some 600 muscles not to mention the endless chains of fascia and various connective
tissue systems. Efficient body mechanics is a function of balance and poise of the body in
all positions possible including standing, lying, sitting, during movements and in a variety
of mediums. These systems are monitored, driven and controlled by a complex network of
proprioceptors and their related members. Maximum physiological and mechanical
function does sometimes serve as a guide for correct postures. These functions can be
further evaluated by observing excessive stress on joints, connective tissue, muscles, and
coordinative action. In the sport of track andf
sportsmen. This can be defined by the balanced action of muscle groups on both sides of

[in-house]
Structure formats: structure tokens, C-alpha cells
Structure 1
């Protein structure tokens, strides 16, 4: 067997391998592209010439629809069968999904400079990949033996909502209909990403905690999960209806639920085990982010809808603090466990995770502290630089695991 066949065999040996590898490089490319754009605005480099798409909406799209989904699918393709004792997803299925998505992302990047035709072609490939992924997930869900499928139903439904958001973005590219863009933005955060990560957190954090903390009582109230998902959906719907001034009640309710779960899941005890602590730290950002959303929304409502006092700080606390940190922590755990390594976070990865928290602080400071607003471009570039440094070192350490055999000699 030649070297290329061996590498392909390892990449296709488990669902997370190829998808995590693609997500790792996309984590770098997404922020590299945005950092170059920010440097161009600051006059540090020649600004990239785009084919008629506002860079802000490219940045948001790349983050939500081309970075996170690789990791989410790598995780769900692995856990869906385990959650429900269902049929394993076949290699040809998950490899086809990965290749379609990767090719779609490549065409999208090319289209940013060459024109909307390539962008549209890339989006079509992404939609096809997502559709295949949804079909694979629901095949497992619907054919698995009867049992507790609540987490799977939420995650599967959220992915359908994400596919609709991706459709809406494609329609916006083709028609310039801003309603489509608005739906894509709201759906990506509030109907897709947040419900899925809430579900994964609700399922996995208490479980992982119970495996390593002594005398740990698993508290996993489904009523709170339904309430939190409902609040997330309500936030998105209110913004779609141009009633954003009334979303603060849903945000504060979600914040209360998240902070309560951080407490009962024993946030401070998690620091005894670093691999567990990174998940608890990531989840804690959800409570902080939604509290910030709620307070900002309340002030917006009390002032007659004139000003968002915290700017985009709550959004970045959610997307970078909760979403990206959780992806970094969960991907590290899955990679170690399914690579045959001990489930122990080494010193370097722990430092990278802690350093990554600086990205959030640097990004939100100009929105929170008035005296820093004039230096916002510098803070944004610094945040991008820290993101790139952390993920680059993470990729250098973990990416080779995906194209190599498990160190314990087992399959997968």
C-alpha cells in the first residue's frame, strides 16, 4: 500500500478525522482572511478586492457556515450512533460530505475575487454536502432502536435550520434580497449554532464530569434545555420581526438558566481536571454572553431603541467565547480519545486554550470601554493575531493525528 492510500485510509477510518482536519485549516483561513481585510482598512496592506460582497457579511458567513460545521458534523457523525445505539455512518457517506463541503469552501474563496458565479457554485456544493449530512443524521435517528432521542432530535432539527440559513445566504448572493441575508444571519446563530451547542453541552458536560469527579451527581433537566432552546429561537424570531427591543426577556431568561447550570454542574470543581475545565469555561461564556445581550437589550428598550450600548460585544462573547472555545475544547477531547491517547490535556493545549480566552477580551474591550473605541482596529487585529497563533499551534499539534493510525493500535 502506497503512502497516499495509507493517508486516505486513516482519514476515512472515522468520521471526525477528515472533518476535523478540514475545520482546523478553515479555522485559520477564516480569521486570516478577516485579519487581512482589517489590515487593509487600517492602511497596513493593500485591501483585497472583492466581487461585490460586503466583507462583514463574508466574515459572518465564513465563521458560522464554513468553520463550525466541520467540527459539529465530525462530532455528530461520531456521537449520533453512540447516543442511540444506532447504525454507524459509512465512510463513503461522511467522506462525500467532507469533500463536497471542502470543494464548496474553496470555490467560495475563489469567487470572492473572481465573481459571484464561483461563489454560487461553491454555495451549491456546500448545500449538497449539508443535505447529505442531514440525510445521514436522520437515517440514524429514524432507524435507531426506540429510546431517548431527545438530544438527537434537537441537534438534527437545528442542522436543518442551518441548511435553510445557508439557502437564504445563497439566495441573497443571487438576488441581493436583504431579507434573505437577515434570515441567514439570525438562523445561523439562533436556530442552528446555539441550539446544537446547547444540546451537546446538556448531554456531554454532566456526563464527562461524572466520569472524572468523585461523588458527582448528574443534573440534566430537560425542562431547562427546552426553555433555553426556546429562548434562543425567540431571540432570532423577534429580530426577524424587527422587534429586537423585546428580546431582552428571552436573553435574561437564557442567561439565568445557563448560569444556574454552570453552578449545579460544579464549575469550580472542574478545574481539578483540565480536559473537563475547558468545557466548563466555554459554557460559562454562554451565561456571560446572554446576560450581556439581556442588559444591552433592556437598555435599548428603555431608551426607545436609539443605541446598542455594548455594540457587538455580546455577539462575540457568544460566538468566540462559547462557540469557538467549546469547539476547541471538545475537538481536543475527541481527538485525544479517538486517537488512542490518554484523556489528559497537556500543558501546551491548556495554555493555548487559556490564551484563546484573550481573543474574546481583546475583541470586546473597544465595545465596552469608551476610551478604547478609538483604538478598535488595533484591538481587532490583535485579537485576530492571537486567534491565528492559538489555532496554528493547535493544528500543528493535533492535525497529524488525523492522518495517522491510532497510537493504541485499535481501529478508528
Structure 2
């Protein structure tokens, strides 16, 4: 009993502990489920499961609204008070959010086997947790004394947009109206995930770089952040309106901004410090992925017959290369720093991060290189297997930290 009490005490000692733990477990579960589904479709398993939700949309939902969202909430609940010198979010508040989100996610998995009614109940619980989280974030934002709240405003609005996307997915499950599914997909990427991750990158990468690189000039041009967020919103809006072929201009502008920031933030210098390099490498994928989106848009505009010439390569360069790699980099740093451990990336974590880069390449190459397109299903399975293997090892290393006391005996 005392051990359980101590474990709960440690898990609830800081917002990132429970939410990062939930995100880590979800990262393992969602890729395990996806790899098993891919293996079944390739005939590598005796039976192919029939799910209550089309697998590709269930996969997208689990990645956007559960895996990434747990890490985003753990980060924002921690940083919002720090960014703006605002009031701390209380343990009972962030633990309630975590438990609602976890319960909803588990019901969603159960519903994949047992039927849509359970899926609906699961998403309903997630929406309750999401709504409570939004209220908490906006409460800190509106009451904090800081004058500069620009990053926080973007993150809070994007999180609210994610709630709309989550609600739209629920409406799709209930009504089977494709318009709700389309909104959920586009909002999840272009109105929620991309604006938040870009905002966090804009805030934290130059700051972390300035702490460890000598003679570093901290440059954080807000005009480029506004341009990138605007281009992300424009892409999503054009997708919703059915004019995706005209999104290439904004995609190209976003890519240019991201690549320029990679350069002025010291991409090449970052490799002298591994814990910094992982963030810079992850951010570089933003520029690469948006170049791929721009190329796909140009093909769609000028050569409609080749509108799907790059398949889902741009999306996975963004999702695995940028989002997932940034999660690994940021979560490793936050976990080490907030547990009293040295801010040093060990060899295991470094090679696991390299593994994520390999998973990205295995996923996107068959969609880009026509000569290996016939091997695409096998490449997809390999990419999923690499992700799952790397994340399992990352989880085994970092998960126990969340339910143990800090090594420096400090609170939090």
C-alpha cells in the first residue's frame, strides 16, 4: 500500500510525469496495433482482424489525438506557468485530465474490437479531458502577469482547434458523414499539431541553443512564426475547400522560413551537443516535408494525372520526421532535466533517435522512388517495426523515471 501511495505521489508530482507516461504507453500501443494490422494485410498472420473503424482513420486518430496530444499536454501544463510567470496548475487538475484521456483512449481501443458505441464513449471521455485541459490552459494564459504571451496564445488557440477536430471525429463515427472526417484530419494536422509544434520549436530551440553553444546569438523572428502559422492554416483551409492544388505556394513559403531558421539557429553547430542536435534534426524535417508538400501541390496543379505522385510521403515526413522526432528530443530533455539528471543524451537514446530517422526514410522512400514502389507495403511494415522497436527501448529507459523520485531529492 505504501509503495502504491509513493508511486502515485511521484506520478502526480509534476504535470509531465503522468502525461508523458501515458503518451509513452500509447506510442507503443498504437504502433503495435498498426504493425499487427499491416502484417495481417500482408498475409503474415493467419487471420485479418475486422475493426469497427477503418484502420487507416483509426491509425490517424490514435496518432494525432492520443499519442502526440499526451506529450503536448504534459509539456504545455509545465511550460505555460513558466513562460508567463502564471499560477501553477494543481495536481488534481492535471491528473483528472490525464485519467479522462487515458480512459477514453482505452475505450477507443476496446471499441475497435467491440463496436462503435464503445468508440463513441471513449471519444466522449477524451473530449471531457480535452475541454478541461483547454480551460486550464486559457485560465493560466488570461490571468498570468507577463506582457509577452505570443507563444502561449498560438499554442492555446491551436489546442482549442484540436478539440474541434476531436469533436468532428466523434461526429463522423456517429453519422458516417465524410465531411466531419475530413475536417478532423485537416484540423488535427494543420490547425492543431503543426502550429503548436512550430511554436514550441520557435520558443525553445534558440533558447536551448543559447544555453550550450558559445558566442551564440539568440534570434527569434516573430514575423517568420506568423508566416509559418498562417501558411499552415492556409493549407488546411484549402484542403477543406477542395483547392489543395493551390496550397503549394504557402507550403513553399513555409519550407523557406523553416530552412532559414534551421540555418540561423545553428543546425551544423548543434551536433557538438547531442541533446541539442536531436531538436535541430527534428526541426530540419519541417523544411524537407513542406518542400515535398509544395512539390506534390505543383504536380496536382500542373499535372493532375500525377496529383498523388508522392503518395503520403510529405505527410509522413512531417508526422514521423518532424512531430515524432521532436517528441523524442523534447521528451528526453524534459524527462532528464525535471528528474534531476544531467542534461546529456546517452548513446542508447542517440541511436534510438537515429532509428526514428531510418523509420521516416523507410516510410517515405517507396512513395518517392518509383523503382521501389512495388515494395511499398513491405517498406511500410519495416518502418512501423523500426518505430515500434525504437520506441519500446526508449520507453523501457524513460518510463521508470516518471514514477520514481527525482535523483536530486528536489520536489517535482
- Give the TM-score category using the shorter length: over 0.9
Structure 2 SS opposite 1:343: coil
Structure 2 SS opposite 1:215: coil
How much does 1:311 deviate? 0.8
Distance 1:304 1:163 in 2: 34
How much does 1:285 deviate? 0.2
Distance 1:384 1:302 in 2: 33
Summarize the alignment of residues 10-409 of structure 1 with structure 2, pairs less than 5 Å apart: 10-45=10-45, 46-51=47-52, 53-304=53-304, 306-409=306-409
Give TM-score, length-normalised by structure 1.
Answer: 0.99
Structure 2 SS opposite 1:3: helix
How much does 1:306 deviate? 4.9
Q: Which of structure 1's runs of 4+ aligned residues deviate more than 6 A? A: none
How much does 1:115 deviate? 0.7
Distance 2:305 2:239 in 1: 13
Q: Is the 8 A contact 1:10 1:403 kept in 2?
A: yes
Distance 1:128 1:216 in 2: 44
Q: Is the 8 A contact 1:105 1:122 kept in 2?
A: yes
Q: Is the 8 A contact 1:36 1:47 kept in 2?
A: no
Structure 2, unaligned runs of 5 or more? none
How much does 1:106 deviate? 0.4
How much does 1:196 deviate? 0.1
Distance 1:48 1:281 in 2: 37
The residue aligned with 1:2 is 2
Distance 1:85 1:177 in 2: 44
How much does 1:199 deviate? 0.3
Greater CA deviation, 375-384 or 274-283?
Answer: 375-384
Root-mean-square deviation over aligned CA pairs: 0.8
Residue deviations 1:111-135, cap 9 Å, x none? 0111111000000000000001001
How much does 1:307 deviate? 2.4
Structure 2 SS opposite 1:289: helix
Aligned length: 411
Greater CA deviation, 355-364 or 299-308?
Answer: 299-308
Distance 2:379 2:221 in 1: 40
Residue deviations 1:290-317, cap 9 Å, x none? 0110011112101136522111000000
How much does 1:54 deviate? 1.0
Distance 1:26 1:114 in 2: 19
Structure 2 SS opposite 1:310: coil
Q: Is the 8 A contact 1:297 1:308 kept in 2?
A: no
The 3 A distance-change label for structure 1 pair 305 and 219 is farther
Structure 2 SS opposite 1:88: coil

body joints at six fixing levels: (1)ankle joints; (2) knee joints; (3) hip joints; (4) lower back;
(5) head and neck; (6) shoulder girdle (Jessee,1977). Poor mobility, strength imbalances,
overuse injuries, discoordination, etc. can often times be trace back to these postural
While specialized training can sometimes lead to postural improvement it is my belief that
general activities that enhance posture, joint strength, muscle and joint coordination, and
all aspects of mobility are in short supply with today's youth. A highly sedentary lifestyle